Keeping Your Pet Safe in the Cold

Winter weather is upon us—will your pet be safe as the temperatures drop? Here, your Chesapeake, VA veterinarian gives you a few tips for keeping your pet safe this season.

Bring Your Pet Indoors

Rule number one during winter weather: don’t leave your pet outdoors for extended periods of time to brave the elements, even if they love frolicking in the snow. Prolonged exposure can lead to frostbite and deadly hypothermia. Keep outdoor adventures to 10 minutes or less when it’s cold outside; your pet will be happiest and safest indoors with your family.

Beware of Antifreeze

In the winter, car owners add antifreeze to their engine compartments. Don’t let your cat or dog anywhere near this substance—antifreeze contains ethylene glycol, an alcoholic substance that is highly toxic to pets. Even worse, it has a sweet taste that may attract pets. Keep pets indoors while using antifreeze, clean up any spills right away, and store the chemical where pets don’t have access.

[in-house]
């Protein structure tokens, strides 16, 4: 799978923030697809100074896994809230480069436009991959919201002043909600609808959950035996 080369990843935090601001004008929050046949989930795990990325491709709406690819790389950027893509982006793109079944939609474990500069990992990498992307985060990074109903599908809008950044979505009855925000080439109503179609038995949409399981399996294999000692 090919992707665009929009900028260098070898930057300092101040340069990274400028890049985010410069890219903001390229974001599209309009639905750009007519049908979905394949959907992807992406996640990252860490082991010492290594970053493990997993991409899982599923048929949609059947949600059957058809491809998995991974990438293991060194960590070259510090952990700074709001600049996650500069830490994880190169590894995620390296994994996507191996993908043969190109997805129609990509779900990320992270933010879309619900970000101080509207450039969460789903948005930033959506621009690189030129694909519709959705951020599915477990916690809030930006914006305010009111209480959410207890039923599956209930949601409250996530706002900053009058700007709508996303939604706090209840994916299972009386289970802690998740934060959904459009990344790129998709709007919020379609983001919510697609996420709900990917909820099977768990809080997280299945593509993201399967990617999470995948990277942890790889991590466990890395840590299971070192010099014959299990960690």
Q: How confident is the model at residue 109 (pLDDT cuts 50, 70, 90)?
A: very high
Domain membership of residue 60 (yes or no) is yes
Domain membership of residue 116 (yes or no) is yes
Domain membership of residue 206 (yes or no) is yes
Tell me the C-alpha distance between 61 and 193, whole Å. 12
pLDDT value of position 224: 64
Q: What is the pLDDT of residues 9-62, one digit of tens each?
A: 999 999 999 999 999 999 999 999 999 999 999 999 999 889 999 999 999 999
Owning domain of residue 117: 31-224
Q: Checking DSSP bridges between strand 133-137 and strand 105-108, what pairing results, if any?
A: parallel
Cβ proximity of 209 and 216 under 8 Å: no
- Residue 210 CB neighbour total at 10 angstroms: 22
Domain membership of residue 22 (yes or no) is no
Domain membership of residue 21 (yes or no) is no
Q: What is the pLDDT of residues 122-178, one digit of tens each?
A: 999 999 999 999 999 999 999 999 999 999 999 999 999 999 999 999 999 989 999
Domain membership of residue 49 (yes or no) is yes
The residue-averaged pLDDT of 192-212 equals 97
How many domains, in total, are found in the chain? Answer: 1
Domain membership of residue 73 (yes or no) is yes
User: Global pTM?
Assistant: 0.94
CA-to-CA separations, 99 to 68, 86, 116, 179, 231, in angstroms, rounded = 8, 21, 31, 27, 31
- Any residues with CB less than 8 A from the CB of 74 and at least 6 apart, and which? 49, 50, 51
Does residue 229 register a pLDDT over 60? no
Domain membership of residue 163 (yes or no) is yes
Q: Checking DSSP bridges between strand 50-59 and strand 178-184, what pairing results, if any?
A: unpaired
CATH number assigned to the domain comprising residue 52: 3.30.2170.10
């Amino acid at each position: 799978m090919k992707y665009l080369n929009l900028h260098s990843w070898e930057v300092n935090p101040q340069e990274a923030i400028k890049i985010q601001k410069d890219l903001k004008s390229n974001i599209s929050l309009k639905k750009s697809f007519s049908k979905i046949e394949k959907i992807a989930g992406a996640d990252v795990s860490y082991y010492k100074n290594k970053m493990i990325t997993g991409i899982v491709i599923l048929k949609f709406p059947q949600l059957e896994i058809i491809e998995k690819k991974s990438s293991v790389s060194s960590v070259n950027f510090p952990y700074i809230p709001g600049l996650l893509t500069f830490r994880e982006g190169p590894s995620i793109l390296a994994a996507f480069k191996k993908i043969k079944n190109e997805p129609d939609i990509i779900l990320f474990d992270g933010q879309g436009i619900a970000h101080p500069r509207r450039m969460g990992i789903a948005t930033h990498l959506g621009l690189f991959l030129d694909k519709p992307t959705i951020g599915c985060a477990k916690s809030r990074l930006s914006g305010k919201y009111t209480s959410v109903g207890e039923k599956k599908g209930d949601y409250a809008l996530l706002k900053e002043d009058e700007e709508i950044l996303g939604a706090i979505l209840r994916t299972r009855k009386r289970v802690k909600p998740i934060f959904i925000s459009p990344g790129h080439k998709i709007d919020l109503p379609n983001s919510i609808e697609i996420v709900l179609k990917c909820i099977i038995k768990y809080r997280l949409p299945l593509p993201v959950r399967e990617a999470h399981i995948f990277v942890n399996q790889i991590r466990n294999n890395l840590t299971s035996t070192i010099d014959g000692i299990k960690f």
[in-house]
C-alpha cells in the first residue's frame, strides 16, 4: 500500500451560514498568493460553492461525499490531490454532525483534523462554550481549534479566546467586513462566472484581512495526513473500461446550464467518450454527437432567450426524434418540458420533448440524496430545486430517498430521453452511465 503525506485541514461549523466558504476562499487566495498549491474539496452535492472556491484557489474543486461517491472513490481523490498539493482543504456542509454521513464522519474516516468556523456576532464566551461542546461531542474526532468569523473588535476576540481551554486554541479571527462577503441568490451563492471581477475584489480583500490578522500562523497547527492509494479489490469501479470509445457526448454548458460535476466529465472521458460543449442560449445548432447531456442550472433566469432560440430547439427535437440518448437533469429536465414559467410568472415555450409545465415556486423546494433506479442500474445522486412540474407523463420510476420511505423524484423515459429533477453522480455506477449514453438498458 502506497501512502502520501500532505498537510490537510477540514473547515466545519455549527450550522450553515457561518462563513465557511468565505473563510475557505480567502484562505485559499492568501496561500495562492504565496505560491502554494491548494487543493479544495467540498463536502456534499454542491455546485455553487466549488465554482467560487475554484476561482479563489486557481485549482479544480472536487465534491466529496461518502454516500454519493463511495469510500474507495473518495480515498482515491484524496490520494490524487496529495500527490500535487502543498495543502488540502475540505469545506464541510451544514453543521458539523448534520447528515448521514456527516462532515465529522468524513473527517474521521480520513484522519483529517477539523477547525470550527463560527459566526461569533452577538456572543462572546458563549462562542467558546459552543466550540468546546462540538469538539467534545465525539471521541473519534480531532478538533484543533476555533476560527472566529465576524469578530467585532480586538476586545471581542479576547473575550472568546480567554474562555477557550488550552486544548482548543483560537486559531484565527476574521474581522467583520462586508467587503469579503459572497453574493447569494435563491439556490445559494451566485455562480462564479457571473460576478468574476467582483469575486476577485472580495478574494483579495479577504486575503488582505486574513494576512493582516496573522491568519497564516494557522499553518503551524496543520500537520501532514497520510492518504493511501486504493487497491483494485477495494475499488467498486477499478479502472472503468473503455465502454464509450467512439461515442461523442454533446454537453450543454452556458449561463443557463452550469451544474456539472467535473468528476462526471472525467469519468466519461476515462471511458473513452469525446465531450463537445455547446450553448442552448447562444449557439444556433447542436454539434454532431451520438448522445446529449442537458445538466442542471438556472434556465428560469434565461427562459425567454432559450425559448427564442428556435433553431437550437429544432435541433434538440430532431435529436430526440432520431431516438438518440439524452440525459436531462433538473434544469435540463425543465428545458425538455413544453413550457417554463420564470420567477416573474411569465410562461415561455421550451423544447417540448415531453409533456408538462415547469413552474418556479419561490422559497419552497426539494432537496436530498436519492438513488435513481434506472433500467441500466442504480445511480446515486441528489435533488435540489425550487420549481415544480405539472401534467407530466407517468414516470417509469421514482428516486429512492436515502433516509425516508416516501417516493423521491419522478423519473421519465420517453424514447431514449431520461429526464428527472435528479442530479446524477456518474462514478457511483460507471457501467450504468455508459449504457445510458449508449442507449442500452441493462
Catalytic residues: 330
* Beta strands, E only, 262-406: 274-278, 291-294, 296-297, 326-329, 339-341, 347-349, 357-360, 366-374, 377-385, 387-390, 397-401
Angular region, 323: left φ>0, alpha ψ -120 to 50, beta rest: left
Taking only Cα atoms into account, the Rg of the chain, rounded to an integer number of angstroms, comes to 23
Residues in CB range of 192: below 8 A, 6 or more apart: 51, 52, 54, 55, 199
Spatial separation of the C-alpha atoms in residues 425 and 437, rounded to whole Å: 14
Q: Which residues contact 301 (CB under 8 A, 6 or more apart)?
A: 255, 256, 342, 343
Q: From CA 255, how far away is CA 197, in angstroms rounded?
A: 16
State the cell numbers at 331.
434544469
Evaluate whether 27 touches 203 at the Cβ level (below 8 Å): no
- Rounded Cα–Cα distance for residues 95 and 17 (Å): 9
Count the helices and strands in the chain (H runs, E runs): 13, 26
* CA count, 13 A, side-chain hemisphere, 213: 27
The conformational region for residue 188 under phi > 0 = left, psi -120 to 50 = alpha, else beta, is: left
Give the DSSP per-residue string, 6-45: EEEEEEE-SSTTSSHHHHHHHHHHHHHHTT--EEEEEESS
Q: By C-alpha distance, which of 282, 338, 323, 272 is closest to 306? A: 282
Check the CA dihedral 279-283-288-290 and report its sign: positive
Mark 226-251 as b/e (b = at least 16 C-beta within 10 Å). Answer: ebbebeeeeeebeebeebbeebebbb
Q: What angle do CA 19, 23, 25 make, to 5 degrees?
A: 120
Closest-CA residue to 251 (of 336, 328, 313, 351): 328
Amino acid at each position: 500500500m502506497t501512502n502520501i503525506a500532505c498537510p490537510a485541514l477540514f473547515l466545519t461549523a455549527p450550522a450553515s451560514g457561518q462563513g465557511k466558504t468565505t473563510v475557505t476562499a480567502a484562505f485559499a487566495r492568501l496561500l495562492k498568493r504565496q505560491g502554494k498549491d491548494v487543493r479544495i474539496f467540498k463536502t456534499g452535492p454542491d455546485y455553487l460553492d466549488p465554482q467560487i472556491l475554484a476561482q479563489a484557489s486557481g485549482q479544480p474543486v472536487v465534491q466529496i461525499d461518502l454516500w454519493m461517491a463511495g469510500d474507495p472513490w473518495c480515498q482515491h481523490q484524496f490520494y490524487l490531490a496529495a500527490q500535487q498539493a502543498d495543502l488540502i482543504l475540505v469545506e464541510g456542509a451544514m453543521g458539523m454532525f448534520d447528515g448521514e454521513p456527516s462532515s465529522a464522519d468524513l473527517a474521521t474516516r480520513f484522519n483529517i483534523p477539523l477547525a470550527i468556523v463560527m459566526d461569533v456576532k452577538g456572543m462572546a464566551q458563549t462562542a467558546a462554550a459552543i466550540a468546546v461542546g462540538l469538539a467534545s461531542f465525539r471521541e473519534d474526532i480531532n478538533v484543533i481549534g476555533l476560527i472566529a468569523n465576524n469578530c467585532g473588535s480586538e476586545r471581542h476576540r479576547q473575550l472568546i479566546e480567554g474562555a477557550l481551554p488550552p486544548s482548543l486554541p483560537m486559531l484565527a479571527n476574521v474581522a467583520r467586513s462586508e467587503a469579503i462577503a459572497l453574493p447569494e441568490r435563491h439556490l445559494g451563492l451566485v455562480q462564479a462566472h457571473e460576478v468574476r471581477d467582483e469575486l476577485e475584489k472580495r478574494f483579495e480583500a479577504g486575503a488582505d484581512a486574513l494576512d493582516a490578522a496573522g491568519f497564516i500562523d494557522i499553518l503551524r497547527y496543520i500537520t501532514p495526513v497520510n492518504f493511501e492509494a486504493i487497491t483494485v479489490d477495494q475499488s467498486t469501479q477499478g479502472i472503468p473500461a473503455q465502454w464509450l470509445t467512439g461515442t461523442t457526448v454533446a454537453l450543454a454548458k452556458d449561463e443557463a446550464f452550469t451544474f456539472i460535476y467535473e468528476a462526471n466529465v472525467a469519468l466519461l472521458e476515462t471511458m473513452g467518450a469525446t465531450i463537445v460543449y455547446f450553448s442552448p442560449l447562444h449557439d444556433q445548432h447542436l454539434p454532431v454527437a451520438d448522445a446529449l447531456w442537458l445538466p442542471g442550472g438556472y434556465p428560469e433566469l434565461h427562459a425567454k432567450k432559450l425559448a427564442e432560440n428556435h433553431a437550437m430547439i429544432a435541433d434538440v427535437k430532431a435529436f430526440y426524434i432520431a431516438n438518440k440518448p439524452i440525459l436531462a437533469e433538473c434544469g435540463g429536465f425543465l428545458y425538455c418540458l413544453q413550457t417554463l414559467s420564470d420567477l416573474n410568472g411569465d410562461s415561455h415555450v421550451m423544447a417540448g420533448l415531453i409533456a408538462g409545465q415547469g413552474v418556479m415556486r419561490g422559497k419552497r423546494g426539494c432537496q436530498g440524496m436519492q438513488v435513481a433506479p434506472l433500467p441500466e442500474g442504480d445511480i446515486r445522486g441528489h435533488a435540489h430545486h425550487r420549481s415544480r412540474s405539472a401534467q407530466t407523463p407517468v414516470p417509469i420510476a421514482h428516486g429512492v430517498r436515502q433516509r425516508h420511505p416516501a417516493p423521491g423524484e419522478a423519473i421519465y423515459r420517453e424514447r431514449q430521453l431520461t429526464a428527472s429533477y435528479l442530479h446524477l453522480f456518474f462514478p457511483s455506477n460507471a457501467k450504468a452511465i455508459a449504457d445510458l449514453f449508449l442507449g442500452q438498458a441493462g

Check the Hood

When the temperatures drop, smaller pets—as well as stray or feral cats—may curl up inside a parked car’s engine compartment or wheel wells to seek warmth. If an unsuspecting car owner starts the car and drives off without checking, these pets could be seriously injured or killed. To prevent this, always give your hood a few sharp raps before getting into your car. This will startle any stowaways into running off.

Avoid Deep Snow

Take care to have your pet avoid areas of deep snow. Even the most athletic pets can exhaust themselves trudging through the deep white stuff. Smaller pets may even fall into deep snowbanks and not be able to get themselves out!

Watch the Ice

Just like us, pets can slip and fall on patches of ice, possibly breaking bones, injuring paws, or hyperextending limbs. In addition, ice may have a chemical de-icer applied to it, and you don’t want your pet coming into contact with such a substance. Road salt can also be found on ice, which may stick to pets’ paws and be accidentally ingested later. To be safe, avoid all ice patches when outdoors with your pet.

These aren’t the only cold-weather hazards that pets face during the colder months. If you would like more advice on keeping your furry friend safe from harm when the temperatures drop, contact your Chesapeake, VA pet clinic today.

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